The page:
2 out of 5 stars
Assessment of the management outcomes of body packers. Alfa-Wali M et al. ANZ J Surg 2015 Jul 14 [Epub ahead of print]
This article from Hillingdon Hospital in London — located a mere 4 miles from Heathrow airport — was intended to evaluate the facility’s existing protocol for managing body packers.
Although some details of their protocol are not justified or even well-described, in general they align with the trend towards conservative treatment of asymptomatic patients, with observation bowel cleansing agents — they used Picolax (sodium picosulfate with magnesium citrate) or Klean-Prep (polyethylene glycol.) Surgery was reserved for patients showing signs of toxicity from cocaine or heroin, or gastrointestinal obstruction, but not done just because ingested packets had not passed within a pre-specified time period.
The study retrospectively reviewed charts of 120 patients referred to the hospital between 2000 and 2013. One patient had a myocardial infarction and one had a cardiac arrest, but there were no deaths. Aside from this, the data from these patients is so sparse and poorly presented that it is difficult to glean much useful information from the paper.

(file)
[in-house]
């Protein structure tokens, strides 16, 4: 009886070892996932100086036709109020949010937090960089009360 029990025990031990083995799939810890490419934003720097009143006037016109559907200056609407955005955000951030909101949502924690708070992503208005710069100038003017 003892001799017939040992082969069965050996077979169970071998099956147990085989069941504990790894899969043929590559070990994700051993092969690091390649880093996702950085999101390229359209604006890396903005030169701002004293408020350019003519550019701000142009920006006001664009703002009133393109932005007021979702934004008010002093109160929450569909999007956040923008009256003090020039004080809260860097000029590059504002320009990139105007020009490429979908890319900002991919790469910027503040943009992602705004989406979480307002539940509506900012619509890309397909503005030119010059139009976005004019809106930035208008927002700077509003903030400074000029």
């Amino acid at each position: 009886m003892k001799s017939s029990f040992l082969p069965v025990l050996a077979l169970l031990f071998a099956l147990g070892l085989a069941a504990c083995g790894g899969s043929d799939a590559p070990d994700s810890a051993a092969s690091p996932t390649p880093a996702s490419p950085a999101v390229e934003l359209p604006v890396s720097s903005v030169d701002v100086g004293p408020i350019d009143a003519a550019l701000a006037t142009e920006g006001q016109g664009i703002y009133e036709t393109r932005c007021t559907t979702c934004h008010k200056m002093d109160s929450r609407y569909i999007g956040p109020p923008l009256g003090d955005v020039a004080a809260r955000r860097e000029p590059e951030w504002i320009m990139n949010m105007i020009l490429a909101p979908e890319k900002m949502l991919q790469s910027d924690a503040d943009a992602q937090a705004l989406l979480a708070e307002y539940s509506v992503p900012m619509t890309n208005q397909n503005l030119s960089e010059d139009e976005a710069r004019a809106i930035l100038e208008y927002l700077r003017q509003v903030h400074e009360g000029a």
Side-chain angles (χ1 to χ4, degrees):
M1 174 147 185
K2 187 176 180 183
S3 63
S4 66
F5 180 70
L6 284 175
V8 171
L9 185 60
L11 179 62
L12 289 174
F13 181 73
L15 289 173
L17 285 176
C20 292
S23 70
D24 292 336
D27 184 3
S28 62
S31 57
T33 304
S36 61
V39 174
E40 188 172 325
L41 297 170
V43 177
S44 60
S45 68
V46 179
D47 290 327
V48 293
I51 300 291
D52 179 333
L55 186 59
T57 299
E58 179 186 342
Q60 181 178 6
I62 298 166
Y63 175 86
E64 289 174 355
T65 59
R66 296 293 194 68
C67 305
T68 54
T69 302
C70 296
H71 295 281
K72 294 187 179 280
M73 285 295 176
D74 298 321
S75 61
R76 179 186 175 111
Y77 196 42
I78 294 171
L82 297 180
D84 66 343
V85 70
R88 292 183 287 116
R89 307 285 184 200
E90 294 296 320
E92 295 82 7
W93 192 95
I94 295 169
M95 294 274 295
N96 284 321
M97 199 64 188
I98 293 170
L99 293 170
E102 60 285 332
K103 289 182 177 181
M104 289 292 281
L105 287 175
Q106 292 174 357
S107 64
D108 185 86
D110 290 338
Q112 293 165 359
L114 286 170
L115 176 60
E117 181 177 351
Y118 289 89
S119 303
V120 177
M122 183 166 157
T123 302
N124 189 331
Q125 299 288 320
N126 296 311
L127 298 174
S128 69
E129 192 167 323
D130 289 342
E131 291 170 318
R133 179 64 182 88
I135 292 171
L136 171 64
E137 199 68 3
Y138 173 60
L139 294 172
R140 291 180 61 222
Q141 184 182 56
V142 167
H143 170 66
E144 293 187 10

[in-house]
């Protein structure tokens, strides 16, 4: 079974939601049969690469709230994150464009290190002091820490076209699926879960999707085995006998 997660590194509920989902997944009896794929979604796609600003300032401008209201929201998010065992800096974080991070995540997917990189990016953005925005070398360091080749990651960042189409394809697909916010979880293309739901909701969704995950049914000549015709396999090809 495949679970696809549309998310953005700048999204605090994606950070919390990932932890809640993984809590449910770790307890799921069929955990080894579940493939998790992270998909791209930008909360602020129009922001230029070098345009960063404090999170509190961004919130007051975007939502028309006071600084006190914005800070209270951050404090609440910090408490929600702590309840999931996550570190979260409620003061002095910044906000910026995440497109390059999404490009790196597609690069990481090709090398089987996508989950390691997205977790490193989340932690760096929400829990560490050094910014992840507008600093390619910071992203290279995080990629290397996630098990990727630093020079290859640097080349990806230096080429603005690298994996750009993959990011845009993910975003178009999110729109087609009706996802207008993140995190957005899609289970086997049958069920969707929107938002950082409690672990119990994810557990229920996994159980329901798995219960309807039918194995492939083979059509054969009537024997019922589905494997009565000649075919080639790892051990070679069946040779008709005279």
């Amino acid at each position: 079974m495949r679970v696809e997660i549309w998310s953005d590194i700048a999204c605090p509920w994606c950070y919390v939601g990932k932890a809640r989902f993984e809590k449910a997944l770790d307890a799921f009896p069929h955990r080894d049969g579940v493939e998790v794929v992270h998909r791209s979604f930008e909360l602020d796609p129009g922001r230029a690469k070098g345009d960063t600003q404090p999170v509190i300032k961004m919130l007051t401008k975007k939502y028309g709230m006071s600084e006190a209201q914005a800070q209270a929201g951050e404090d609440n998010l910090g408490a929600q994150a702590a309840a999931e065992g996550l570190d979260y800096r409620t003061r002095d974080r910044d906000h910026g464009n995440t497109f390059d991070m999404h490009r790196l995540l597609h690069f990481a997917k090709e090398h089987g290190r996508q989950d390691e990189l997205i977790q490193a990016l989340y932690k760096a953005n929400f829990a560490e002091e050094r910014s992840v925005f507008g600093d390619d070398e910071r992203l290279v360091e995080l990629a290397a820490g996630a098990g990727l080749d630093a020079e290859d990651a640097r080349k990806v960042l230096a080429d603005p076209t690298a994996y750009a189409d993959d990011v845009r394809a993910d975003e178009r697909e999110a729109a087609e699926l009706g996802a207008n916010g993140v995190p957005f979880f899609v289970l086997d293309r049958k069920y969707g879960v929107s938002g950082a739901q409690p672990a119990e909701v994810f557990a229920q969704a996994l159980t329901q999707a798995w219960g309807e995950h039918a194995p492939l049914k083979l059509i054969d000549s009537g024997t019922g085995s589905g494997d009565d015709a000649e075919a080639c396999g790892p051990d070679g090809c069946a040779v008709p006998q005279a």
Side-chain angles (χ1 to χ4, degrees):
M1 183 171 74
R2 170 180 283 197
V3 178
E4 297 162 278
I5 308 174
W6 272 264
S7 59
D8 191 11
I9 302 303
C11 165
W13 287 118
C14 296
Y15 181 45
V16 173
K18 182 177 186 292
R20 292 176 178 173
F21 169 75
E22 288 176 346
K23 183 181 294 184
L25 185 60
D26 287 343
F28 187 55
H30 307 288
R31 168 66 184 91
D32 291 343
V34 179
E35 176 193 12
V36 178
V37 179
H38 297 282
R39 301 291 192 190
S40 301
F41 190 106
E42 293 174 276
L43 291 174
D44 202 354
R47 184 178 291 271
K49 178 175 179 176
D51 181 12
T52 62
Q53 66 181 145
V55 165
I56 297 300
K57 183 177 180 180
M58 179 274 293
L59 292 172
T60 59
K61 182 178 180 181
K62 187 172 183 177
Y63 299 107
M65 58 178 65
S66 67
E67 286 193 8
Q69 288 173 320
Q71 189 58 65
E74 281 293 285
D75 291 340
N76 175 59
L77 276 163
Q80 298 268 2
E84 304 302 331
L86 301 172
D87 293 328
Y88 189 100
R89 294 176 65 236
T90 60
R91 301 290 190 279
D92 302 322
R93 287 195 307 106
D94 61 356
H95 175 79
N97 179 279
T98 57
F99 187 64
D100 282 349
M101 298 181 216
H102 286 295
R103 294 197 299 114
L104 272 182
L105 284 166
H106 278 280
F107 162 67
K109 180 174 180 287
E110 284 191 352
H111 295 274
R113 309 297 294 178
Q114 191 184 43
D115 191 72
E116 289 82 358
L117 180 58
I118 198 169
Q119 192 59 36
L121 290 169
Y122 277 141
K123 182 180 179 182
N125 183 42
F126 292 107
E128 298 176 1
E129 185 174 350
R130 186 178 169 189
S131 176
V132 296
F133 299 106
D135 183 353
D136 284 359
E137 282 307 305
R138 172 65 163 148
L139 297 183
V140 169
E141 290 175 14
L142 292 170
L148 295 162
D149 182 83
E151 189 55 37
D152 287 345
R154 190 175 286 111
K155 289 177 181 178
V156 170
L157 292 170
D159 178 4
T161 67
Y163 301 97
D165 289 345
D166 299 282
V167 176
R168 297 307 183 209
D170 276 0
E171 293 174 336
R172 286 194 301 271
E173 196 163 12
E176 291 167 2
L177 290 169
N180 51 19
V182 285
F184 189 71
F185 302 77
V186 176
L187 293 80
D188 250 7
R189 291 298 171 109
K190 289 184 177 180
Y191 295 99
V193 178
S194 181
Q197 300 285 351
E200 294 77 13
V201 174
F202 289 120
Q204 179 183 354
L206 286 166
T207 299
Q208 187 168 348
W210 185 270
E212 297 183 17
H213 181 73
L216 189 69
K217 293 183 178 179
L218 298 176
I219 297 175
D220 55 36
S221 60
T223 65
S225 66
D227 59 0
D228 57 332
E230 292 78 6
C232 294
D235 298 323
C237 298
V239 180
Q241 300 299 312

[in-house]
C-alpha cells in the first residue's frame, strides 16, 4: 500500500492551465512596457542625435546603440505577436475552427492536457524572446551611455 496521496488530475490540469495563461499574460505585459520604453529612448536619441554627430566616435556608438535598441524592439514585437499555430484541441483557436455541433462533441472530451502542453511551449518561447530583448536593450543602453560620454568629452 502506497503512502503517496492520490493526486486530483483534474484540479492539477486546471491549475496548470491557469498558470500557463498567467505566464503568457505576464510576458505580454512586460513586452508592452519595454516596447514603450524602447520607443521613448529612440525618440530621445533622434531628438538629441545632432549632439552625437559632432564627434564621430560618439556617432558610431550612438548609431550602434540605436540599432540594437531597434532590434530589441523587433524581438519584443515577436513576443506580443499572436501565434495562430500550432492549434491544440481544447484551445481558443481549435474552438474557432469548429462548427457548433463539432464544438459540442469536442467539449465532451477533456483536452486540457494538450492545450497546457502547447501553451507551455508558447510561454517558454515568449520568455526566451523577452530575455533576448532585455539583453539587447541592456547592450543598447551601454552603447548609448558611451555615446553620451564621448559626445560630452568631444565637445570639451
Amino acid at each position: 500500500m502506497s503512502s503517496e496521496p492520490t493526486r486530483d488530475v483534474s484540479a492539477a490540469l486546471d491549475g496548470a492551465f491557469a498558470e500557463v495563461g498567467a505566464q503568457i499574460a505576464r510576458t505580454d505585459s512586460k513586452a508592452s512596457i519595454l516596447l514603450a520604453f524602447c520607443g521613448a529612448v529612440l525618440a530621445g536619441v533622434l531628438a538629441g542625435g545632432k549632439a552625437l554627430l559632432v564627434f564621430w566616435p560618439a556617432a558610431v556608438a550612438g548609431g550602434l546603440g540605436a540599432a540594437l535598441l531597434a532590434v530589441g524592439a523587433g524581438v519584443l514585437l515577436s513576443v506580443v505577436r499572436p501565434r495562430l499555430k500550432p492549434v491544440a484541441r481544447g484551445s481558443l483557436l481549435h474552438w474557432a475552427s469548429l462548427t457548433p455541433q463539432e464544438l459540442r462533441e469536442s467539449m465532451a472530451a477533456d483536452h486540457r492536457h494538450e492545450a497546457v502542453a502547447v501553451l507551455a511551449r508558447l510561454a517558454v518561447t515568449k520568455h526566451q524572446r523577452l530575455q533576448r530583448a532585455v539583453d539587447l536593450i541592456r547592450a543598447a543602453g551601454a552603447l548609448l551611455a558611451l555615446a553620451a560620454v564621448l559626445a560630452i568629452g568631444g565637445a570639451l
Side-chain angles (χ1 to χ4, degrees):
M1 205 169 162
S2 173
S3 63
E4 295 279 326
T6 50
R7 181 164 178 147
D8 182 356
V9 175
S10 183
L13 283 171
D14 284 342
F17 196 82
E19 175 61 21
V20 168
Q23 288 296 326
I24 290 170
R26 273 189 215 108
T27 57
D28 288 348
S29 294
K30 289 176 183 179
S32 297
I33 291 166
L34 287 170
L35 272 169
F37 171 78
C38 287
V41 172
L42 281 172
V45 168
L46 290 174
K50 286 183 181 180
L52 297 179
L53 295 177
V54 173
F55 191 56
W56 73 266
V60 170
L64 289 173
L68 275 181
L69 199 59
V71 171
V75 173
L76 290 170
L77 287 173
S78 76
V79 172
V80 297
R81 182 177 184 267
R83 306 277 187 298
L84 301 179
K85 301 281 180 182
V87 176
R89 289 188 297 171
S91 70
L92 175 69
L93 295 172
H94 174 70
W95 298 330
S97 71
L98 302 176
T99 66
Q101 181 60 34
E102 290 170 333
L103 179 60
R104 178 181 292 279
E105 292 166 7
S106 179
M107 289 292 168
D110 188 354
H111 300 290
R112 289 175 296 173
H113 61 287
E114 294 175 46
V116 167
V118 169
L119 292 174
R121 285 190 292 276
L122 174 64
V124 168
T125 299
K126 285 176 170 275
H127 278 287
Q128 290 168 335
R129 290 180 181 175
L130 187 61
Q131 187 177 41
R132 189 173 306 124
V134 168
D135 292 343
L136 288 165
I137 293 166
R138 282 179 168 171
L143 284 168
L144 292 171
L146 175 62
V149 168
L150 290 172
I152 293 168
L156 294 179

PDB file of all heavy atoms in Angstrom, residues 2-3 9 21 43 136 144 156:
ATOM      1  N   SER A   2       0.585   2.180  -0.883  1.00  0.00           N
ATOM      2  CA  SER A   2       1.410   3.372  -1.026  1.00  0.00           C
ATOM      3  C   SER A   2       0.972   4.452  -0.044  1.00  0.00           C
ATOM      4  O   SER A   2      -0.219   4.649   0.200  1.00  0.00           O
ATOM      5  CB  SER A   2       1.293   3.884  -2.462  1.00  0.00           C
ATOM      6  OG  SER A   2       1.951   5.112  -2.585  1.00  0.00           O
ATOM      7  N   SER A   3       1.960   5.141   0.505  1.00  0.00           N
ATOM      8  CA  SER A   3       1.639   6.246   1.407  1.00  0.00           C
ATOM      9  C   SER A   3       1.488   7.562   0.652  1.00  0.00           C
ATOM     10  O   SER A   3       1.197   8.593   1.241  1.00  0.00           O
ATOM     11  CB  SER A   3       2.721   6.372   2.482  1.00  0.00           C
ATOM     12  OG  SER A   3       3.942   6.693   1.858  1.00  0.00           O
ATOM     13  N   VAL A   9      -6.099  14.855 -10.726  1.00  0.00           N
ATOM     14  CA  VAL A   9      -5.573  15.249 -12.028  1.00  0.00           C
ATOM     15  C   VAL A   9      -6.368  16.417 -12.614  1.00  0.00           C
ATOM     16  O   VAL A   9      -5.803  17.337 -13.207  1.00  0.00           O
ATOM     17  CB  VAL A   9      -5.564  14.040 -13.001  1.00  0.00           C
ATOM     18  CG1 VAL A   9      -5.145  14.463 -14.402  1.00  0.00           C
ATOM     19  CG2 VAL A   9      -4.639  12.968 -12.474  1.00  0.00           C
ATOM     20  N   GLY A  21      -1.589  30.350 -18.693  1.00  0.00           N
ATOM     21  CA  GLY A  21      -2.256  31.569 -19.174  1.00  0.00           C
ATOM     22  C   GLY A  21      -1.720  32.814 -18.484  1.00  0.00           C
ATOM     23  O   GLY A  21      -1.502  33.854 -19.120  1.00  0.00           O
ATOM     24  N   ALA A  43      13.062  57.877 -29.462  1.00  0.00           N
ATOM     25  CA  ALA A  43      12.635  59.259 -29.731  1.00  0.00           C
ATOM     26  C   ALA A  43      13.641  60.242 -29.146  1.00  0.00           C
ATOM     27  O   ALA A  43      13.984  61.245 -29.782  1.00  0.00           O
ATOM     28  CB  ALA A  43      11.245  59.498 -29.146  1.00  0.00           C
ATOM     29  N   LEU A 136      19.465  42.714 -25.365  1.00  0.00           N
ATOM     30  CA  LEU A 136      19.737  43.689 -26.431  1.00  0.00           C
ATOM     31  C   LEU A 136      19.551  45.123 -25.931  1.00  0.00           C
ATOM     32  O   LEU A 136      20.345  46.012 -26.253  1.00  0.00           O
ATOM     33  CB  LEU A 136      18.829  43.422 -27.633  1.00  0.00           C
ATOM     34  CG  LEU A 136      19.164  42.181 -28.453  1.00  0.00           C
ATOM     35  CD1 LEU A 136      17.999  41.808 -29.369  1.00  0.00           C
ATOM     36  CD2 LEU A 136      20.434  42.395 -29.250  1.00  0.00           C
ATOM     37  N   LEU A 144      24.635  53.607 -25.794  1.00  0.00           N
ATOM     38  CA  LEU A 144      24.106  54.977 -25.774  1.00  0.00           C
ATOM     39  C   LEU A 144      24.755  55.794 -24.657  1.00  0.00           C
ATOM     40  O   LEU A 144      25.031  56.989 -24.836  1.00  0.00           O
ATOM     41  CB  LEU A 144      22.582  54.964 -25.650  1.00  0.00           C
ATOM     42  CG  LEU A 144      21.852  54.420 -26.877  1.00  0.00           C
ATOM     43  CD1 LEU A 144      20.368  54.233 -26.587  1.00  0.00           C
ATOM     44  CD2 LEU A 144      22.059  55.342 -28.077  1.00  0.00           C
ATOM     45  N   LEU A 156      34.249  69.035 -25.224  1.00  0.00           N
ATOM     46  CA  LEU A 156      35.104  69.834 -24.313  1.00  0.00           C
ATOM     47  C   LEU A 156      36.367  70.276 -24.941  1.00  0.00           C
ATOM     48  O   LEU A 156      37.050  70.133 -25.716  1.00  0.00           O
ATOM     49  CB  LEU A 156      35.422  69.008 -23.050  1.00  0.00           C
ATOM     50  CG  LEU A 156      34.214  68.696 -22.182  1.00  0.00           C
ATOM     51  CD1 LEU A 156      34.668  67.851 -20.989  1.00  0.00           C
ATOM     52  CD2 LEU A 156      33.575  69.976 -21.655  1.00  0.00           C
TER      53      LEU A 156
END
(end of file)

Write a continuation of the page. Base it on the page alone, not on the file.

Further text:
The authors conclude that:
Conservative treatment is safe and effective for body packers.
This is most likely true, given the caveat that it applies to asymptomatic body packers only, and that “conservative treatment” specifically means not performing surgery routinely but only as indicated by clinical signs and symptoms. Unfortunately, as with much of the literature on this topic, it is far from proven by the evidence.
Periodically, Hillingdon Hospital publishes a review of its experience with body packers. For example, this paper reviewed patients seen between 2000 and 2005. Thus it seems that there are a number of patients being reported multiple times in the literature by this group. I have not previously found these reports coherent or convincing, and this paper is no exception.